1735 - Francis Alison: Revolutionary Thinking
It would be hard to overstate the importance of Rev. Francis Alison in the shaping of American political thought ahead of the American Revolution. A weaver's son from Leck, County Donegal, he was deeply influenced by the ideas of the Scottish Enlightenment while studying under another Ulster-Scot, Rev. Francis Hutcheson, at Glasgow University. Alison brought these ideas with him to America in 1735 and introduced them to the students that he taught.
Through his writings and actions, Alison helped to inspire the colonists in their disputes with the Crown. In 1765, he wrote ‘I am amazed that the English Parliament has given their own Constitution such a blow, as to tax men without their consent … Power is a sad thing. Yet I think our Mother should remember we are children & not slaves.’ In 1768, he wrote a series of articles for the Pennsylvania Journal, opposing plans to introduce Anglican bishops to the Colonies.
It is reckoned that during his career, Alison taught five signatories of the Declaration of Independence (one of whom, James Smith, had been born in Ulster), as well as the Secretary of the Continental Congress, Ulsterman Charles Thomson. Other students include an estimated 15 congressmen, four generals in the Patriot army, two chaplains to Congress and many other influential figures.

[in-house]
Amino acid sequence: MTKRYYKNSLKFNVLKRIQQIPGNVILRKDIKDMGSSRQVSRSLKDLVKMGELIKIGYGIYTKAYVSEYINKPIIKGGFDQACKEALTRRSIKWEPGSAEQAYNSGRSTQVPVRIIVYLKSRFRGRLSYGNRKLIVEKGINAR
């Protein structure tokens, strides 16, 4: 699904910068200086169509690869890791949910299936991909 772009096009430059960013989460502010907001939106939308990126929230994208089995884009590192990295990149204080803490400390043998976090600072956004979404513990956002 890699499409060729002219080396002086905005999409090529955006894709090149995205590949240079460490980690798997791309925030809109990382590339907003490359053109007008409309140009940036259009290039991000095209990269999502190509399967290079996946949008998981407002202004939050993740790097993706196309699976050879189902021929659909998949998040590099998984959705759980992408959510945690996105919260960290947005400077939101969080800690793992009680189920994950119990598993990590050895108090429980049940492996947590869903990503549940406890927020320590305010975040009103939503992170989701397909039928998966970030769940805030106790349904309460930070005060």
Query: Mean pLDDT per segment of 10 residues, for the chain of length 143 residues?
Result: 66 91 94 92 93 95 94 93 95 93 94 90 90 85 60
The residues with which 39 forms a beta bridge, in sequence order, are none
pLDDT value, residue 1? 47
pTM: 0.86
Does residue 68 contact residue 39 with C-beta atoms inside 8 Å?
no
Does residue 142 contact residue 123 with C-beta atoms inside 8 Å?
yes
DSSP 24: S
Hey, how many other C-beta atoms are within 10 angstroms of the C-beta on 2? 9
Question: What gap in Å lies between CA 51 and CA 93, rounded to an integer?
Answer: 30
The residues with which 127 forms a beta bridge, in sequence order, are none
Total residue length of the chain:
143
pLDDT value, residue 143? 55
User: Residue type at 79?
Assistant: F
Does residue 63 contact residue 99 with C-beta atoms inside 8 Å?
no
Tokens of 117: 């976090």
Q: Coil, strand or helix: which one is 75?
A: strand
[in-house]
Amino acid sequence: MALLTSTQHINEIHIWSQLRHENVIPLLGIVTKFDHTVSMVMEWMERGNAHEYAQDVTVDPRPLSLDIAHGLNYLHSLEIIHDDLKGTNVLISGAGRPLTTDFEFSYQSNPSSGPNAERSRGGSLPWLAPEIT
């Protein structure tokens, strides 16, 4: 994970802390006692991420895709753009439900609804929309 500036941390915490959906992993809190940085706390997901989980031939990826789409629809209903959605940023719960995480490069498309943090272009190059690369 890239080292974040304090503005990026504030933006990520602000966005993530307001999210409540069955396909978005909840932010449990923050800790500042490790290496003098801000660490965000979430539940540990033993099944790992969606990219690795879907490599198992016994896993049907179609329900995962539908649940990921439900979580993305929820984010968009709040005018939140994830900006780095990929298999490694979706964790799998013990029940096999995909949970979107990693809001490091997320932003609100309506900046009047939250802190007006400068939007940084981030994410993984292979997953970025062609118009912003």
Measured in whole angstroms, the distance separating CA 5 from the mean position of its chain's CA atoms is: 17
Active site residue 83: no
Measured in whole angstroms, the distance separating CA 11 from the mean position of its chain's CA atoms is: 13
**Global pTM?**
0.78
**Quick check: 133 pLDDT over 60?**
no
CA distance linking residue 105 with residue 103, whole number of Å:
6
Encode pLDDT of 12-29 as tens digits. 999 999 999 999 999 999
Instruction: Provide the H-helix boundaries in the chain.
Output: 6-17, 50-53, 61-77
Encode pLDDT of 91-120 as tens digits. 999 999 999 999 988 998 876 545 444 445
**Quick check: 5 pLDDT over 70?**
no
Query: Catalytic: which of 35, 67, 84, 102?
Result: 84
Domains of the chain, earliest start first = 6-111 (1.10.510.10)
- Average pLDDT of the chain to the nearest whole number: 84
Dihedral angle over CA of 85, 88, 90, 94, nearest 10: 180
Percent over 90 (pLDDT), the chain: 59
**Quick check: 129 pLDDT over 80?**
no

Alison was held in high regard throughout the Colonies, both by his friends and by his opponents. The President of Yale called him ‘the greatest classical scholar in America’. Benjamin Franklin described him as a ‘Person of great ingenuity & learning’, though at times Alison and Franklin were adversaries. Alison died in Philadelphia in 1779 at the height of the Revolutionary War.
"I fear the British Parliament are determined to twist the yoke around our necks. … they may distress us, but can never enslave us … if they send their armies to distress & destroy us, they will distress & destroy themselves at the same time." Francis Alison was following in a long line of Scots and Ulster-Scots thinkers – including John Knox, Andrew Melville, Samuel Rutherford and Francis Hutcheson – who opposed over-mighty government.